Vista computer system that is having problems can be a difficult
task due to the endless software and hardware configuration
possibilities on a machine. However, I've put together a basic guide
for Vista users that may lend a helping hand in finding out where
the trouble lies and how to fix it.
If you do not know where to start and you don't have a clue as to
why you're having trouble with Vista, then I recommend using System
Restore to take your system files back to a time when you were not
having any trouble. To use System Restore, follow the instructions
- Go to Start>> All
Programs>> Accessories>> System Tools>> System Restore
- Click Next
- Select "Choose a
different restore point"
- Click Next
- Select a date and
time that you would like to restore to.
- Click Next to begin
- In the confirmation
prompt, select Yes.
Once system restore
has completed the process, your computer will restart.
<>Identify a Hardware Problem:
In this section I will show you how you can identify a hardware
Normally, Vista monitors your installed memory and will notify you
when an error occurs. However, for the purpose of
troubleshooting it is a good idea to run the Windows Memory
Diagnostic Tool manually to rule out a possible memory issue. Here's
- Go to Start>>
Control Panel>> System and Maintenance>> Administrative Tools>>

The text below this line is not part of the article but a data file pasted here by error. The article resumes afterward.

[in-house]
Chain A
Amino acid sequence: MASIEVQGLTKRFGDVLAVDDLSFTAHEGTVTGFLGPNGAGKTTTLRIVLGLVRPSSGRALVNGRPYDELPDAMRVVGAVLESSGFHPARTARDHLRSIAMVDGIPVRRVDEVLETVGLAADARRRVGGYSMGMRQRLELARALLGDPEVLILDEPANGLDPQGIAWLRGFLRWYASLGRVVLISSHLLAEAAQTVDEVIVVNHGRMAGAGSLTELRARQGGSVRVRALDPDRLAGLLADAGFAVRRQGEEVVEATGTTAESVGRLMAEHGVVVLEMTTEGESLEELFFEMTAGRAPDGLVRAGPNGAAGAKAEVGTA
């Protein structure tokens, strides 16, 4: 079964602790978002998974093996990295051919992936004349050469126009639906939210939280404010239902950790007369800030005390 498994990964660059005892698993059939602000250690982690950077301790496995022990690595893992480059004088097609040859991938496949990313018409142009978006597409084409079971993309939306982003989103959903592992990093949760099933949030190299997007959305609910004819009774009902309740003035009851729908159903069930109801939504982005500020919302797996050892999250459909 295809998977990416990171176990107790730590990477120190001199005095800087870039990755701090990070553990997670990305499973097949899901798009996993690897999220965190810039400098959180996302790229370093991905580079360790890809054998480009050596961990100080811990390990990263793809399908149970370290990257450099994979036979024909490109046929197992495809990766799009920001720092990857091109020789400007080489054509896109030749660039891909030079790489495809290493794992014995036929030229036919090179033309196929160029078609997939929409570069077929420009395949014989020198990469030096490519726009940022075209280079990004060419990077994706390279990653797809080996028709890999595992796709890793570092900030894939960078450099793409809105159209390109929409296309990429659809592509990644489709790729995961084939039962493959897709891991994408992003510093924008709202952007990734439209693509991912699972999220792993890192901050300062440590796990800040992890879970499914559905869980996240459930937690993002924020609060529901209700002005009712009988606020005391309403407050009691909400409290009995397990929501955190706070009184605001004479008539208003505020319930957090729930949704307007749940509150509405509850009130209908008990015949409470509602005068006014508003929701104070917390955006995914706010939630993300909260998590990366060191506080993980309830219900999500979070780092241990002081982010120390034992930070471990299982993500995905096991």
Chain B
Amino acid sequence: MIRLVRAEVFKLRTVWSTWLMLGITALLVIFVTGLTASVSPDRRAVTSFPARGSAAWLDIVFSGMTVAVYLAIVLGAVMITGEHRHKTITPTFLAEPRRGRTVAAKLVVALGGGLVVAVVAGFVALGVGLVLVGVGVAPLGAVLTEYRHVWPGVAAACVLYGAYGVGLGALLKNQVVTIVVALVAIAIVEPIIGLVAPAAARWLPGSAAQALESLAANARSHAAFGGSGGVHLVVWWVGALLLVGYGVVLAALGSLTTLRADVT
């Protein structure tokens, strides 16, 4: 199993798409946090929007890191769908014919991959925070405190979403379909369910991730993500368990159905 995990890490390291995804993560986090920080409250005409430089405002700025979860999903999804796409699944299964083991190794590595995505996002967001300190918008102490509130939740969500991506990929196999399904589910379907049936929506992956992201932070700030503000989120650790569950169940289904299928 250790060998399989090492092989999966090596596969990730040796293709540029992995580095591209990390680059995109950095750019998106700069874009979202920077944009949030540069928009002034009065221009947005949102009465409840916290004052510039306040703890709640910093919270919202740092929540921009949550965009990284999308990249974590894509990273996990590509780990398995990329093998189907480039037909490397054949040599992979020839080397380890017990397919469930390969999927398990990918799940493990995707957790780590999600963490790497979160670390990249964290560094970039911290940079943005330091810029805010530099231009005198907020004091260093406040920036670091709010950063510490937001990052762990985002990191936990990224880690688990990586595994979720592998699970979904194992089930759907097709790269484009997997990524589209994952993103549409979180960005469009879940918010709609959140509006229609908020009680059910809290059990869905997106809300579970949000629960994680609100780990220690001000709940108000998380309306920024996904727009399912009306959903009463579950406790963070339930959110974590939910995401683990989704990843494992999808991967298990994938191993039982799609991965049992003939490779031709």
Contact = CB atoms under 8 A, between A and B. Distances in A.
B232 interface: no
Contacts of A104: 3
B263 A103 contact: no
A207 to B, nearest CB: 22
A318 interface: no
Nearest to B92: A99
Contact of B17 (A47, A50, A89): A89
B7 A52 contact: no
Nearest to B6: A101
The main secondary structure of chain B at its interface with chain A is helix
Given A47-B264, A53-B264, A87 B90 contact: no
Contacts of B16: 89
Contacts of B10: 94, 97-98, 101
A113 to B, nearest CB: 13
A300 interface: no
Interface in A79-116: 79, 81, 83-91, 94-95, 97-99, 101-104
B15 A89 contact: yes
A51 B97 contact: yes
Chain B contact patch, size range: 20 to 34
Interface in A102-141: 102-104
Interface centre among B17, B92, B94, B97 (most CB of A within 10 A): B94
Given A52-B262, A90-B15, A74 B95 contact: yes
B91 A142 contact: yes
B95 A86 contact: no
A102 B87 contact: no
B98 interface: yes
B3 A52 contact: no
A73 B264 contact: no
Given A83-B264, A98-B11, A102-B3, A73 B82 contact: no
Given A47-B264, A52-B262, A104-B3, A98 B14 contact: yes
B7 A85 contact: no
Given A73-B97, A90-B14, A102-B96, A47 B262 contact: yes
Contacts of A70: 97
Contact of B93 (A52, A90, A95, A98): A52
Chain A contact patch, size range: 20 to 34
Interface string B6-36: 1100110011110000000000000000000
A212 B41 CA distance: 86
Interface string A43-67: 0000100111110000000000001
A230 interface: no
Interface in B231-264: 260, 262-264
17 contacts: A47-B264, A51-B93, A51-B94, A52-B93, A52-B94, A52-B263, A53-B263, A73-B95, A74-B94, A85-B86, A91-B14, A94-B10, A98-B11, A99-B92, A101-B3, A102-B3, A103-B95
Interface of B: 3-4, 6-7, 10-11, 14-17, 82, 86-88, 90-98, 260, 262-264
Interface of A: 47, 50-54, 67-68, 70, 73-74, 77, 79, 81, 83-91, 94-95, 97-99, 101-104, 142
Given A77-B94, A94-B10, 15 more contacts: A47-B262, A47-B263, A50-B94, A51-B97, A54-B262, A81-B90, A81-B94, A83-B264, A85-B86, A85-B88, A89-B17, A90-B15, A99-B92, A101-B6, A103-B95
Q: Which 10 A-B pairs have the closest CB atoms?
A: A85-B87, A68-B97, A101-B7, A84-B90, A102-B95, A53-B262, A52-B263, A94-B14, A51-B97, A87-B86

Memory Diagnostic Tool. You may be prompted for an
administrators password or confirmation at this point.
- Select the
option titled: "You can restart your computer and run the tool
Once the tool
has completed the diagnostic process, you will know whether your
problem is memory related or not.
-Hard Disk (CHKDSK):
In most cases, problems that develop on a hard disk are from
either corrupt system files or physical errors. To identify a
possible hard disk problem, you will need to scan your drive for
errors. Here's how:
- Go to
- Right click
the hard disk that you would like to test.
- Select the
- Click the
Check Now button under Error-Checking. You may be prompted
for an administrators password or confirmation at this
the option: "Automatically fix file system errors"
the option: "Scan for and attempt recovery of bad
sectors". Selecting this option will perform a thorough
scan of your selected hard disk and attempt to fix any
physical errors on the drive. Depending on the size of
your hard disk, this could take quite some time to
complete. For best results, avoid using your computer
system during this process.
If you have recently installed a new device on your
computer. It is possible that the driver for your
device is not compatible with Windows Vista. In most
cases, downloading an updated driver from the
manufactures web site will solve this problem. If
you cannot find an updated driver for your device,
try removing the device from your system and see if
Vista now boots correctly.
Software that was designed to run in
Windows XP will usually run fine in Windows Vista. However,
some of the older programs will run poorly or not at
all. You can try running the Compatibility Wizard to
run the program or use the programs Compatibility
tab. For more information click the link below:
I can't get a
program to install on Vista
If you still cannot get your software to run in the